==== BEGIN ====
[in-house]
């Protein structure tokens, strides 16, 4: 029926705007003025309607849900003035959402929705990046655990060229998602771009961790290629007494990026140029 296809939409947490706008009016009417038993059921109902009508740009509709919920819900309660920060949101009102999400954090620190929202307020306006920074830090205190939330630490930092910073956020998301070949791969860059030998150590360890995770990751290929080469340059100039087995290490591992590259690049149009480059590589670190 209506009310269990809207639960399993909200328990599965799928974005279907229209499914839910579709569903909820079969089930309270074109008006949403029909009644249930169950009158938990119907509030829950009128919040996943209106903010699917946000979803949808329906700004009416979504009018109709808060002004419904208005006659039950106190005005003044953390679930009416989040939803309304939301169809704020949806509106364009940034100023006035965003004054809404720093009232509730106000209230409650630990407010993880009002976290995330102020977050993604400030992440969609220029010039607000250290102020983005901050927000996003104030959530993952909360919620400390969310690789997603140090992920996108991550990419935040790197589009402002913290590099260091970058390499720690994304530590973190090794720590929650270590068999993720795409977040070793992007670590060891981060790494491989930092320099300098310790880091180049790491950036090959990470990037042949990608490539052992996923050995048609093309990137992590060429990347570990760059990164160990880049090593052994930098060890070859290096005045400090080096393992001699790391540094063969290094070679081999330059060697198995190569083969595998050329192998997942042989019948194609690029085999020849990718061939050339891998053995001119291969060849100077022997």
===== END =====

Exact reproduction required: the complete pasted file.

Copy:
[in-house]
């Protein structure tokens, strides 16, 4: 029926705007003025309607849900003035959402929705990046655990060229998602771009961790290629007494990026140029 296809939409947490706008009016009417038993059921109902009508740009509709919920819900309660920060949101009102999400954090620190929202307020306006920074830090205190939330630490930092910073956020998301070949791969860059030998150590360890995770990751290929080469340059100039087995290490591992590259690049149009480059590589670190 209506009310269990809207639960399993909200328990599965799928974005279907229209499914839910579709569903909820079969089930309270074109008006949403029909009644249930169950009158938990119907509030829950009128919040996943209106903010699917946000979803949808329906700004009416979504009018109709808060002004419904208005006659039950106190005005003044953390679930009416989040939803309304939301169809704020949806509106364009940034100023006035965003004054809404720093009232509730106000209230409650630990407010993880009002976290995330102020977050993604400030992440969609220029010039607000250290102020983005901050927000996003104030959530993952909360919620400390969310690789997603140090992920996108991550990419935040790197589009402002913290590099260091970058390499720690994304530590973190090794720590929650270590068999993720795409977040070793992007670590060891981060790494491989930092320099300098310790880091180049790491950036090959990470990037042949990608490539052992996923050995048609093309990137992590060429990347570990760059990164160990880049090593052994930098060890070859290096005045400090080096393992001699790391540094063969290094070679081999330059060697198995190569083969595998050329192998997942042989019948194609690029085999020849990718061939050339891998053995001119291969060849100077022997």